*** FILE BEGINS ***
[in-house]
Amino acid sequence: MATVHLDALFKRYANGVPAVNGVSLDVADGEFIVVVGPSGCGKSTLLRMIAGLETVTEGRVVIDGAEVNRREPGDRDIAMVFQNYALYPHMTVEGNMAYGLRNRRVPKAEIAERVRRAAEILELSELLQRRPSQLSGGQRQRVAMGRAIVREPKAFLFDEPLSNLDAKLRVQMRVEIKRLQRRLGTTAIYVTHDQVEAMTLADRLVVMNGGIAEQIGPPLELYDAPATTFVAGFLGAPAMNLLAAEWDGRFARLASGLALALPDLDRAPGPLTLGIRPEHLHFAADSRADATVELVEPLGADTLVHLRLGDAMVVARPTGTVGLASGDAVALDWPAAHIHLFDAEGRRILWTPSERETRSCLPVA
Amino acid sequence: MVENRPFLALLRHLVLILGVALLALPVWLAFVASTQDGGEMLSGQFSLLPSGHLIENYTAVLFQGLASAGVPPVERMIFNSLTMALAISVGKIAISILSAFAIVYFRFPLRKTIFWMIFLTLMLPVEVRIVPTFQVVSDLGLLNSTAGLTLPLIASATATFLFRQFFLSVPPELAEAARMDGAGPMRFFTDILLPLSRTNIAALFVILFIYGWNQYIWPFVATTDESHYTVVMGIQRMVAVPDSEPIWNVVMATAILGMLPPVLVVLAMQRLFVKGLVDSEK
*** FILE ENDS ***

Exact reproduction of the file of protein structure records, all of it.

[in-house]
Amino acid sequence: MATVHLDALFKRYANGVPAVNGVSLDVADGEFIVVVGPSGCGKSTLLRMIAGLETVTEGRVVIDGAEVNRREPGDRDIAMVFQNYALYPHMTVEGNMAYGLRNRRVPKAEIAERVRRAAEILELSELLQRRPSQLSGGQRQRVAMGRAIVREPKAFLFDEPLSNLDAKLRVQMRVEIKRLQRRLGTTAIYVTHDQVEAMTLADRLVVMNGGIAEQIGPPLELYDAPATTFVAGFLGAPAMNLLAAEWDGRFARLASGLALALPDLDRAPGPLTLGIRPEHLHFAADSRADATVELVEPLGADTLVHLRLGDAMVVARPTGTVGLASGDAVALDWPAAHIHLFDAEGRRILWTPSERETRSCLPVA
Amino acid sequence: MVENRPFLALLRHLVLILGVALLALPVWLAFVASTQDGGEMLSGQFSLLPSGHLIENYTAVLFQGLASAGVPPVERMIFNSLTMALAISVGKIAISILSAFAIVYFRFPLRKTIFWMIFLTLMLPVEVRIVPTFQVVSDLGLLNSTAGLTLPLIASATATFLFRQFFLSVPPELAEAARMDGAGPMRFFTDILLPLSRTNIAALFVILFIYGWNQYIWPFVATTDESHYTVVMGIQRMVAVPDSEPIWNVVMATAILGMLPPVLVVLAMQRLFVKGLVDSEK